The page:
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UML For Everyone
Date: Monday 30th January 2006
Venue: Manchester Conference Centre, Manchester.
Accommodation: Days Hotel, part of the Conference Centre.
*Sorry this meeting is fully booked.*
To register for this meeting, please send your:
and Details of any Special Requirements (e.g. Vegetarian Food) to firstname.lastname@example.org.
We have room for 20 people.
Purpose of Meeting
UML is the lingua franca of software, component and framework development and is used by many of the parties involved in the design and construction of the JISC-DEST e-Framework and in the development of e-learning tools and services. The problem is that UML is used mostly by software engineers and software developers and most UML literature tends to give the impression that it fits only that culture. Also, UML has become, over the 10 years since it was proposed, too big and too complex for many people to use. It appears to require a heavy investment in learning its myriad modelling possibilities and its particular mindset. Within the e-framework and software development communities there is also considerable variance in how UML is used, adding to the difficulties.
However, there is a great need for good communications between managers, practitioners and software developers. The e-Framework sets out to bring all these communities together and this would be greatly assisted by providing a core common language used in a consistent manner.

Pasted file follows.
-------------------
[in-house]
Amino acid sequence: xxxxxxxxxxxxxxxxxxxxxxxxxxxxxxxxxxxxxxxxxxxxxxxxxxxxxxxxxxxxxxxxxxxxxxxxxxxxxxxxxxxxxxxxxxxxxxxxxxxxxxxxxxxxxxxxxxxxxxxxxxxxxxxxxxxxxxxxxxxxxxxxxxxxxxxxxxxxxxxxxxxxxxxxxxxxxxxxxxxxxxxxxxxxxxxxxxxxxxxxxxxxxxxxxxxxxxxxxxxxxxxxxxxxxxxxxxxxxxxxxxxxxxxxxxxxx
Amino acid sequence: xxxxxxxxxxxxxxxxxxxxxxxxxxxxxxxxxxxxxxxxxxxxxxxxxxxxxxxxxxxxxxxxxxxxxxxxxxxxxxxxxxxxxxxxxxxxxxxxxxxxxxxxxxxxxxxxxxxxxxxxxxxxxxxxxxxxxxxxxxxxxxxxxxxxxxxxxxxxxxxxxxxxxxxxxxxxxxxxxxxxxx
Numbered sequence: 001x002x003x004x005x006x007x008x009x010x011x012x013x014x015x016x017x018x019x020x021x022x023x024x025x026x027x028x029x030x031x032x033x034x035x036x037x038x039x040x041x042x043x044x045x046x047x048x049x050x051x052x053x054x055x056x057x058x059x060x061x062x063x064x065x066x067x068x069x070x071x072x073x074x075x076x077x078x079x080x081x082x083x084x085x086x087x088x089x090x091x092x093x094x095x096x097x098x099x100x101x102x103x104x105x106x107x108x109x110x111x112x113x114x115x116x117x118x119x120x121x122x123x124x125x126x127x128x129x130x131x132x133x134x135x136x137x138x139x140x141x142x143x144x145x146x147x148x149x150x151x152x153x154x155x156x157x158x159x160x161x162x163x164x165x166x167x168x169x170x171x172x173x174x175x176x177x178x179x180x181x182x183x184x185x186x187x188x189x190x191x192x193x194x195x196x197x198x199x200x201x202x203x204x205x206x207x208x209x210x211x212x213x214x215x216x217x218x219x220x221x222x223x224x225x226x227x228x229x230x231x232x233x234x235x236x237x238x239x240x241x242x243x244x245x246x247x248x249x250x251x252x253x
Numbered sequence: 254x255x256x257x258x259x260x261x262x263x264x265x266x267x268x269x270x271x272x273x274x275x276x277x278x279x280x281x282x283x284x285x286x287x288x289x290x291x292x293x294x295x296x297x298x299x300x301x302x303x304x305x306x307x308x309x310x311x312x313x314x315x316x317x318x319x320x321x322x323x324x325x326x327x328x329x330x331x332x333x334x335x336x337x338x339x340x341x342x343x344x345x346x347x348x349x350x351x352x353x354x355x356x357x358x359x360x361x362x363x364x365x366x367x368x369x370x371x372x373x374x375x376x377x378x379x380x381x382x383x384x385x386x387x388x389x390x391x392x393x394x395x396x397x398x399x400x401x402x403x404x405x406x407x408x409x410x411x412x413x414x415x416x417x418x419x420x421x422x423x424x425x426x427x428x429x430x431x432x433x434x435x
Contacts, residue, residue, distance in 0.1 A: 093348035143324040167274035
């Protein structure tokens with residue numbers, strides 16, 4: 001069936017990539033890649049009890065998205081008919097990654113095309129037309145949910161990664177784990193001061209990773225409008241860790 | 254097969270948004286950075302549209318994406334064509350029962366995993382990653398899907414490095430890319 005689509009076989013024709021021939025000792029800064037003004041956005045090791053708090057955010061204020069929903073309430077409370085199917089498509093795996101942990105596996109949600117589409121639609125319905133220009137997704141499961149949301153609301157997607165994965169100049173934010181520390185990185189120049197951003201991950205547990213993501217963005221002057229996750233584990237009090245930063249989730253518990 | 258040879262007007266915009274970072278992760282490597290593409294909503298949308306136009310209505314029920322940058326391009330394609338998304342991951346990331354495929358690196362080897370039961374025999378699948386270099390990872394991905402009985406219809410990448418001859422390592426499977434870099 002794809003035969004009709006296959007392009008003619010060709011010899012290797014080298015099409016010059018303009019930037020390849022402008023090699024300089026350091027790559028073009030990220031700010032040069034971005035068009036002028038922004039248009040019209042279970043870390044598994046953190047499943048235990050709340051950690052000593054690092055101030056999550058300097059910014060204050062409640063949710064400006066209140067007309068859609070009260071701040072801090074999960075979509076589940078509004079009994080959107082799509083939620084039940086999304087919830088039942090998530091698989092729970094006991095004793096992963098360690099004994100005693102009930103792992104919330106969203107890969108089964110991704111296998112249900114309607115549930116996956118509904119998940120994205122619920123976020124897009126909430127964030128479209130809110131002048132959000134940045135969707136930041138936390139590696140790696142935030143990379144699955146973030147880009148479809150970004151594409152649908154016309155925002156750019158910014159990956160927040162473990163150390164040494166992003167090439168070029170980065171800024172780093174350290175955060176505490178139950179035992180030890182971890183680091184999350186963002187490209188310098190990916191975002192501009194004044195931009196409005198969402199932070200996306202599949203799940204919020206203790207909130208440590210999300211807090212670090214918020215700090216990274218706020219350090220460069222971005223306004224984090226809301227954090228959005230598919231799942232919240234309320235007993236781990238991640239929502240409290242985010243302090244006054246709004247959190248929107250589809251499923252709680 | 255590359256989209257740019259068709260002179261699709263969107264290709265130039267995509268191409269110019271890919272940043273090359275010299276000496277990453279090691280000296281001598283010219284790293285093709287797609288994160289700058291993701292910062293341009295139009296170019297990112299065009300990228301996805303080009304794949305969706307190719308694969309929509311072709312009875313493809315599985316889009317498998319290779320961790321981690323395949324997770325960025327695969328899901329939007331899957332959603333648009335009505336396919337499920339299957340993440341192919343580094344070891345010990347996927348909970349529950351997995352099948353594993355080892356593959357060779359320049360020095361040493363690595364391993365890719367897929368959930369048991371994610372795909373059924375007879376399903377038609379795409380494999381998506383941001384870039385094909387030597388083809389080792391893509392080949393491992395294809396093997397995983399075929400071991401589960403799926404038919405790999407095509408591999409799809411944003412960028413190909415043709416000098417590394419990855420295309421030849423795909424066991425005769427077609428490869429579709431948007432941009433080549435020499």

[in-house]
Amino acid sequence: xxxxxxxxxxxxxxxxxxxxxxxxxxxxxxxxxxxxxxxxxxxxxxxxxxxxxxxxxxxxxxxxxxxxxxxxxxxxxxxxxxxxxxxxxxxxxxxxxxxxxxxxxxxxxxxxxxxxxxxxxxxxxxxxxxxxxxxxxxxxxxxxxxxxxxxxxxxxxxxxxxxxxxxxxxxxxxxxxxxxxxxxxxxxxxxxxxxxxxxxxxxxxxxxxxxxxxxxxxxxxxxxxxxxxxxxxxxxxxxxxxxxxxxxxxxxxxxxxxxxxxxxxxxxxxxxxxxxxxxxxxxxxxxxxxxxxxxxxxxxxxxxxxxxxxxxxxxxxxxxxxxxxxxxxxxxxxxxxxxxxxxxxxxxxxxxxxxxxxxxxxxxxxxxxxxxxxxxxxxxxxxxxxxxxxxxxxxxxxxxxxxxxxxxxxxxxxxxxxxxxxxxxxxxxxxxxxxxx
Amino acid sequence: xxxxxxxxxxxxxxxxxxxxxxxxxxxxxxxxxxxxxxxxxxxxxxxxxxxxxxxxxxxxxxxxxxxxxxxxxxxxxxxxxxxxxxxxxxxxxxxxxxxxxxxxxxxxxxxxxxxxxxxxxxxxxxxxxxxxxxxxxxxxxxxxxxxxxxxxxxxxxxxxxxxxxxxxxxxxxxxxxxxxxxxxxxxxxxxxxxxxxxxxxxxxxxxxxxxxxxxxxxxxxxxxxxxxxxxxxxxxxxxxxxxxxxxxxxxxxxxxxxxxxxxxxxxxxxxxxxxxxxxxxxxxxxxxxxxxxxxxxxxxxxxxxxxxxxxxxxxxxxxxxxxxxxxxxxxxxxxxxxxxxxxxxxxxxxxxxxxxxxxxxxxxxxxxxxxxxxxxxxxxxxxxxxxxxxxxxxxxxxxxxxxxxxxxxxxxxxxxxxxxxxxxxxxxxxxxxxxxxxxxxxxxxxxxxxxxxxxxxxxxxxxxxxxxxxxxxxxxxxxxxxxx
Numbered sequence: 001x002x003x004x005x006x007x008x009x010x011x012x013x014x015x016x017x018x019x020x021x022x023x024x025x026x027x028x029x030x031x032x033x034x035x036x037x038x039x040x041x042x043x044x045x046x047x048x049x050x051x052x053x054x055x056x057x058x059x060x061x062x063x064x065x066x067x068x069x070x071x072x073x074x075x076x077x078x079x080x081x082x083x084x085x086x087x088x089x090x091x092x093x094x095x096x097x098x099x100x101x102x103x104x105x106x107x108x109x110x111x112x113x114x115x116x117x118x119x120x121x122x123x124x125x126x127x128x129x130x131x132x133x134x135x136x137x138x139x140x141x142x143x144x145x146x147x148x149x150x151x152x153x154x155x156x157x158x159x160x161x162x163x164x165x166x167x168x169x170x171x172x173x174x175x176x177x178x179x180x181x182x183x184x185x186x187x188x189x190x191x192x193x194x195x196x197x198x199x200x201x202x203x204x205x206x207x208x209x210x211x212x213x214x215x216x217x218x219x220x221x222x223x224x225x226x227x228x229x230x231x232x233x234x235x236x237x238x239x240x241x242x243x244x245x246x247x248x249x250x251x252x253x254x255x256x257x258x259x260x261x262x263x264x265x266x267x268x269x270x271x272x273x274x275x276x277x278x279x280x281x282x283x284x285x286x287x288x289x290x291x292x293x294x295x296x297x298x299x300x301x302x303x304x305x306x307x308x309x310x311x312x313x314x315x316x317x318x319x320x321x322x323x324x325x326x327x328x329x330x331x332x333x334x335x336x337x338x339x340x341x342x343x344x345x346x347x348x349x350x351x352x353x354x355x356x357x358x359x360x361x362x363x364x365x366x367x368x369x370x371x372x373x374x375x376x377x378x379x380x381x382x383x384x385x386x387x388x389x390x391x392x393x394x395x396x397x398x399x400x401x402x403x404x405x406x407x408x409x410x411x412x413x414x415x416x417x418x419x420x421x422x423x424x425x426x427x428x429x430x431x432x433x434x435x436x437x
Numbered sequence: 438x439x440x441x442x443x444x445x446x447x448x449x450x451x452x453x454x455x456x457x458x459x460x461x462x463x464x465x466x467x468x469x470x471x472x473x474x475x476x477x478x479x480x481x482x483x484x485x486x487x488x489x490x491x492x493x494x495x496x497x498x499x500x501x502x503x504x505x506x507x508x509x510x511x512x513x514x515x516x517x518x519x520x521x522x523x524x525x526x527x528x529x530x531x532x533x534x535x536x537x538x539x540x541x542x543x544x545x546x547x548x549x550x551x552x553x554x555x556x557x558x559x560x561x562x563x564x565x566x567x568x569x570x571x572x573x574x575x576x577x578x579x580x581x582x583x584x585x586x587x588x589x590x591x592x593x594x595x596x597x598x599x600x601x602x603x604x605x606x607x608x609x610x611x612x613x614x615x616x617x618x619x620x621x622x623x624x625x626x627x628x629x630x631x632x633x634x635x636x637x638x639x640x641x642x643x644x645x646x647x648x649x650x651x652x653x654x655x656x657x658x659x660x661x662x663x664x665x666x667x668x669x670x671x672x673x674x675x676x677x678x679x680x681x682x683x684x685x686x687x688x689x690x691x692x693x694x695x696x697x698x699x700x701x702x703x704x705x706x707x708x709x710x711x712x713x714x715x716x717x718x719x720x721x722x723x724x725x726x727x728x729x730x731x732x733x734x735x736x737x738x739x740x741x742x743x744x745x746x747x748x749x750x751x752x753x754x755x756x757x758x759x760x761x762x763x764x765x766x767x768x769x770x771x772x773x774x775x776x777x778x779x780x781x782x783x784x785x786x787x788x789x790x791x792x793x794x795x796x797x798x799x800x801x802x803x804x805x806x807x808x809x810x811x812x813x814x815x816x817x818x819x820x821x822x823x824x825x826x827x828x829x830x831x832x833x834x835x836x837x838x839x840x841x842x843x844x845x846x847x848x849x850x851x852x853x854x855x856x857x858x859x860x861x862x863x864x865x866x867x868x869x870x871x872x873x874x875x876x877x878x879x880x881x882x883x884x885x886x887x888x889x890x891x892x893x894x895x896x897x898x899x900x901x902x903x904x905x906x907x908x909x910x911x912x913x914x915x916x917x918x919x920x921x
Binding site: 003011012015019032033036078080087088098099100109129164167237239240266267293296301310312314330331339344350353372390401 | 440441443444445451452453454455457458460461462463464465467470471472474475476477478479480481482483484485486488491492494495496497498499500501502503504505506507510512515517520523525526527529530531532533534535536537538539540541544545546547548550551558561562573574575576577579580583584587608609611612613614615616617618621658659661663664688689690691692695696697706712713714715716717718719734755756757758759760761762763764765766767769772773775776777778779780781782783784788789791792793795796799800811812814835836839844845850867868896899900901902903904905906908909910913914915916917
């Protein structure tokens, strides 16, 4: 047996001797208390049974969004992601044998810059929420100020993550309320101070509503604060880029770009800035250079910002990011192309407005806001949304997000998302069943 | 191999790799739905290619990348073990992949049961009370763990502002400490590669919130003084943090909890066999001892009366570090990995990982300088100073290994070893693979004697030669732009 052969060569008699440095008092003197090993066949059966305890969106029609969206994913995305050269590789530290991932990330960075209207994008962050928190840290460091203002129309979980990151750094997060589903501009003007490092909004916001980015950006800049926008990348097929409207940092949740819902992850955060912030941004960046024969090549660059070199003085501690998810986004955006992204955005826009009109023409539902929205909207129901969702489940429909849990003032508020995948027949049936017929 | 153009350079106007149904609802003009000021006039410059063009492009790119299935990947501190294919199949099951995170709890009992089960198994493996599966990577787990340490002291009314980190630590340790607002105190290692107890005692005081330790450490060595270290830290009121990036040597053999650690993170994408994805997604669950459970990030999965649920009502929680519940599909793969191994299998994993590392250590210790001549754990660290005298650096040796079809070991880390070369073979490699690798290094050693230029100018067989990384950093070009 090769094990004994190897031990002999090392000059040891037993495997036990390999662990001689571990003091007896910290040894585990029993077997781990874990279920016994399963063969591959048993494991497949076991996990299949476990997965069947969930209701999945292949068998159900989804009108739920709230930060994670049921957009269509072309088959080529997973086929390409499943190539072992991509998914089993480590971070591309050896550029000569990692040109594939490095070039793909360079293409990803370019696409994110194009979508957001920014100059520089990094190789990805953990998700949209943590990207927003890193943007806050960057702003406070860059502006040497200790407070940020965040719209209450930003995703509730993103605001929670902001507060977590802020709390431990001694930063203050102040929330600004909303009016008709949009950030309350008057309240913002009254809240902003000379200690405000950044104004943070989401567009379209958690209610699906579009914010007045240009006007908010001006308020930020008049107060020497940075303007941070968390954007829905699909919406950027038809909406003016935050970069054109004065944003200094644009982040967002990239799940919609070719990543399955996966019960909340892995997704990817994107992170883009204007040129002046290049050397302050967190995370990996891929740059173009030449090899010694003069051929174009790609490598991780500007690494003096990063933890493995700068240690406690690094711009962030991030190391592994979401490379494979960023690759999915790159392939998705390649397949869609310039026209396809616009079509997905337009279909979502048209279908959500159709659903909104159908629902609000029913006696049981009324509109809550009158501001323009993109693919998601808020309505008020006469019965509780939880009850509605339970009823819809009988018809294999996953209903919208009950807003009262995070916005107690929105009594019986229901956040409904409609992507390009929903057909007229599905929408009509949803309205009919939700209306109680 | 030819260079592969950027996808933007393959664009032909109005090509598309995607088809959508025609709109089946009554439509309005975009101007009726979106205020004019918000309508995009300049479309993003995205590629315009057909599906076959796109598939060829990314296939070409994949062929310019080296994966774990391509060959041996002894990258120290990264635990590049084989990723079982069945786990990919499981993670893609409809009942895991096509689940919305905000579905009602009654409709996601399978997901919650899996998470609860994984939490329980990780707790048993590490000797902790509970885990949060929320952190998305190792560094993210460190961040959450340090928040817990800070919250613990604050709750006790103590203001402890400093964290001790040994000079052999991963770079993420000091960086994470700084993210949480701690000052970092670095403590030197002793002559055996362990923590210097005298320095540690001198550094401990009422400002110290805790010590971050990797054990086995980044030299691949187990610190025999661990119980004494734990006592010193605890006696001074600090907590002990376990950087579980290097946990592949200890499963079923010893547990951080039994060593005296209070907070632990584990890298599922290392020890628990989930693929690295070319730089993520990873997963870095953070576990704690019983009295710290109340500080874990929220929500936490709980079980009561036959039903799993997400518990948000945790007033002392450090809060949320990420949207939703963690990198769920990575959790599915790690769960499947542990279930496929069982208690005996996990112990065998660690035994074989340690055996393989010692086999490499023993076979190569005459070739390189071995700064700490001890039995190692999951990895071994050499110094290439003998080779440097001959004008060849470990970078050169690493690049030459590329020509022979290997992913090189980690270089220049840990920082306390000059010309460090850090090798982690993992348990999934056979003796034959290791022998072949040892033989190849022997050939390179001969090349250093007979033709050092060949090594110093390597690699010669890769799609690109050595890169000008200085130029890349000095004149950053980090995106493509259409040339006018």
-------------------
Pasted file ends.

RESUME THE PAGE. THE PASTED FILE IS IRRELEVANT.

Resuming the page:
It is our belief that UML does not have to be grand, techie and complex. The language specification is constructed to allow its use in many domains and at any level of abstraction. Modelling with a visual modelling language like UML can be for everyone. The level of model-based communication required for e-learning practitioners and managers to exchange ideas with the framework and tools development community is attainable.
We propose a workshop that will present that subset of UML required by practitioners and managers in an accessible manner.
Introduction to: conceptual modelling and visual modelling;
Finding a sufficient and intuitive modelling vocabulary;
Modelling in the e-Framework environment;
Domain and concept modelling for reference models that will serve all relevant communities of practice.
Practitioners wishing to participate in the direction and development of the e-Framework.
Project teams participating in e-Framework related projects (reference models, tools etc).
JISC planners and managers.
Hilary Dexter: The e-Learning Research Centre, University of Manchester.
Balbir Barn: Computing Subject Group, Faculty of Professional Studies, Thames Valley University.
Meeting hosted by CETIS Enterprise SIG.
Date: 30 January, 2006
Venue: Manchester Conference Centre, Manchester
Event website: http://www.cetis.ac.uk/members/members/enterprise/registration/umlworkshop
Contact email: email@example.com